January and February in Pennsylvania don’t give many opportunities to observe flowers or growing herbs, except for the ones we take indoors. Light has to be made available from a sunny window or from an artificial source if you want to see the plants stay healthy.
I tried something new this fall and dug up some begonias that were real pretty growing at the edge of the woods. Outdoors they seemed to like their spot in the shade of the trees, although they did get a little morning sun. They were taken up before freezing weather hit and planted in a couple large pots with some potting soil.
I was surprised that the plants did so well and even grew throughout the winter. The pots were placed near a south-facing window so the begonias could get as much sun as possible.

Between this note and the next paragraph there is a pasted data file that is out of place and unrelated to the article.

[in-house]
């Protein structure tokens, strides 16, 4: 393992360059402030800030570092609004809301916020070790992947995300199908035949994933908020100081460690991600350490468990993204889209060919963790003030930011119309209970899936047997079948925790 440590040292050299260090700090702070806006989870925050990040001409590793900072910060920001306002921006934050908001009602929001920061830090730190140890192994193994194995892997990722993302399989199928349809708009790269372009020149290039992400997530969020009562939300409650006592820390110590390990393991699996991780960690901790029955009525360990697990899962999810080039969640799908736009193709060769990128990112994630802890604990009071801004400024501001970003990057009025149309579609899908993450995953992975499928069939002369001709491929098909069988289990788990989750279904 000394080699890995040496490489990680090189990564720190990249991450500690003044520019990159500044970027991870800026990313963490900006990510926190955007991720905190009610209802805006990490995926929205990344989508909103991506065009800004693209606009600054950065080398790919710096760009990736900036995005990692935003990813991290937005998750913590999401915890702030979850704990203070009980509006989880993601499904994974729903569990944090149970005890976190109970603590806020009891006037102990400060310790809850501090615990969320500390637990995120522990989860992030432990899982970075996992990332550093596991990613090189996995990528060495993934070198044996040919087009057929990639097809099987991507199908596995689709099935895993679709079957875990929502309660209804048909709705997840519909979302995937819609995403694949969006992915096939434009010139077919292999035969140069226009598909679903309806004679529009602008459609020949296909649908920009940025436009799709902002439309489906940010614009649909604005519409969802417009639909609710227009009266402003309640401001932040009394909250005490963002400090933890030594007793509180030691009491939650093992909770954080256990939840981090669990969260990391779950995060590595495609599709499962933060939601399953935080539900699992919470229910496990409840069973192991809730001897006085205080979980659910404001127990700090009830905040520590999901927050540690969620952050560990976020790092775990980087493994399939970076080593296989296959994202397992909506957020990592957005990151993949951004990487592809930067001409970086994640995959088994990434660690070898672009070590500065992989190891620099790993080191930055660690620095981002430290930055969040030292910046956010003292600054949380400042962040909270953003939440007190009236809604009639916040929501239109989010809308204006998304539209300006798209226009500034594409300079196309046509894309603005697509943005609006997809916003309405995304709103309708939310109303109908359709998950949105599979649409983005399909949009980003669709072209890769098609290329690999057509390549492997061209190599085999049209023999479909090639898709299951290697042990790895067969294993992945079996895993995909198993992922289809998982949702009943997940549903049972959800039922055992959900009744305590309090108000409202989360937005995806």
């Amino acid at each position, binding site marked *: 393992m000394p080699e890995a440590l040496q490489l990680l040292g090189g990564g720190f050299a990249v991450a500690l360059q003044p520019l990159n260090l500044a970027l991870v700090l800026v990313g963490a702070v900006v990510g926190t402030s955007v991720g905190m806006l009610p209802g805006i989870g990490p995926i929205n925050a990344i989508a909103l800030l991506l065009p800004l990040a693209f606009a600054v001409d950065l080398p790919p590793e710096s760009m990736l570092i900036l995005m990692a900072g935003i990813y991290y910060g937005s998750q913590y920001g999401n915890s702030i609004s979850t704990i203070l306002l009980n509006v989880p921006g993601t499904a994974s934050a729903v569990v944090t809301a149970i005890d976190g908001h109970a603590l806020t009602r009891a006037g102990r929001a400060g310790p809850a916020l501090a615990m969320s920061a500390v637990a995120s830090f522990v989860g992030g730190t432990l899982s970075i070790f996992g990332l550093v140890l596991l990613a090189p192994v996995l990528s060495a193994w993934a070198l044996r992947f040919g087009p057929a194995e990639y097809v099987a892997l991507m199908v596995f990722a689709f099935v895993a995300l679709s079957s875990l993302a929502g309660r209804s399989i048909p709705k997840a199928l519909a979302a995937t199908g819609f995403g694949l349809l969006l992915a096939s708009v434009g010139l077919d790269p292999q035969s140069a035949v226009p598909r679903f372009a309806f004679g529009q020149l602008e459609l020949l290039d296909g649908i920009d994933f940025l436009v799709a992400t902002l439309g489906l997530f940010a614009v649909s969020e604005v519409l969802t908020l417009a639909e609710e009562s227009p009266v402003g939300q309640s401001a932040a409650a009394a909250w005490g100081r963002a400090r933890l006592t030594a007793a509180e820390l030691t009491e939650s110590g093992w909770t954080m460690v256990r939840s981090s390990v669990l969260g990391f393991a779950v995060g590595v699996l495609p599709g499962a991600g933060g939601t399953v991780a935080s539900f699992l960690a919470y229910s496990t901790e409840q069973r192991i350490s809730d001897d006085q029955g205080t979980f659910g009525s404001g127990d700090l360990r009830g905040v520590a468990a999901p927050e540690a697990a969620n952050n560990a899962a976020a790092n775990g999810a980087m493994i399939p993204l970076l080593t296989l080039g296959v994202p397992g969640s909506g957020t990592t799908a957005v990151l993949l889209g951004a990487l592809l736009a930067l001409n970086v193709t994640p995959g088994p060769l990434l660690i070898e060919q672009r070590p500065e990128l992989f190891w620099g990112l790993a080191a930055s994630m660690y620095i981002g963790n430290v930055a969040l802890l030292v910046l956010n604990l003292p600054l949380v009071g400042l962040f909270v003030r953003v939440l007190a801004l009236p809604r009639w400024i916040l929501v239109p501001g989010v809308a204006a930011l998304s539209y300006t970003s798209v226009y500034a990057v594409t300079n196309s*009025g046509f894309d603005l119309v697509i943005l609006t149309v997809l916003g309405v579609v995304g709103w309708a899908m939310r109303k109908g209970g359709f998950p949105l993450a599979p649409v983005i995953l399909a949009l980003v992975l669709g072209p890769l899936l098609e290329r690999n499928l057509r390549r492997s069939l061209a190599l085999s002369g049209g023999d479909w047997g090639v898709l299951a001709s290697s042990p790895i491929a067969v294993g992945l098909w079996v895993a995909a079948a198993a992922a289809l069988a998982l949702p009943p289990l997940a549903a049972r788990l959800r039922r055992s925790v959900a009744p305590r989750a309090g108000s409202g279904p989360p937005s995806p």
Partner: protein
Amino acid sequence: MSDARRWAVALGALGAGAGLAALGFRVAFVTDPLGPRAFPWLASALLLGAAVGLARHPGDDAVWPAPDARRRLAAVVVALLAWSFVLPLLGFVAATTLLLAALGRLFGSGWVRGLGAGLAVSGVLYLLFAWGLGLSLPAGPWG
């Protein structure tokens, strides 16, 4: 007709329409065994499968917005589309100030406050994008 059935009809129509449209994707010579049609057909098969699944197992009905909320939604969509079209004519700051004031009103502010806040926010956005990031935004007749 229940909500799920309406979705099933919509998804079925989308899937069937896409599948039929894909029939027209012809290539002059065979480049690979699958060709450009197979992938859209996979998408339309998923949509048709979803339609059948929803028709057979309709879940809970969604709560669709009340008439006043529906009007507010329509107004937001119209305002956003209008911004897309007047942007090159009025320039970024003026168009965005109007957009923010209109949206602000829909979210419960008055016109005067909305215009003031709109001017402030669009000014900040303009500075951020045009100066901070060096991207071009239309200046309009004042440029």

Lil’ Scoshe at the south-facing window near the begonias.
The begonia plant on the higher stand was able to get more sunlight and it grew better and flowered a lot more than the begonia on the lower stand that didn’t get as much sun.
Potted begonia dangerously close to the cat overlook. Photos taken 10Jan2009.
The window-attached bird feeder is a great entertainment center for the cats during the winter. Unfortunately, the plants nearby often get clobbered when the felines get a little frisky.
At times over the course of the last couple months a playful kitty caused a few stems of the begonia to be broken. Pushing the broken stems right into the soil, even without any root-tone, was all that was needed. I was really surprised that the stems took off growing more stem and flowers so quickly. For about 3 days the stems looked a little bent over or wilted, but then they came back around to start re-growth.
I had never had begonia plants before, either indoors or out. I was pleasantly surprised as the begonias treated us to non-stop flowering in shades of red, pink and white. I highly recommend these ‘old time’ flowers for splashes of color in your garden, along walkways or indoors near a sunny window.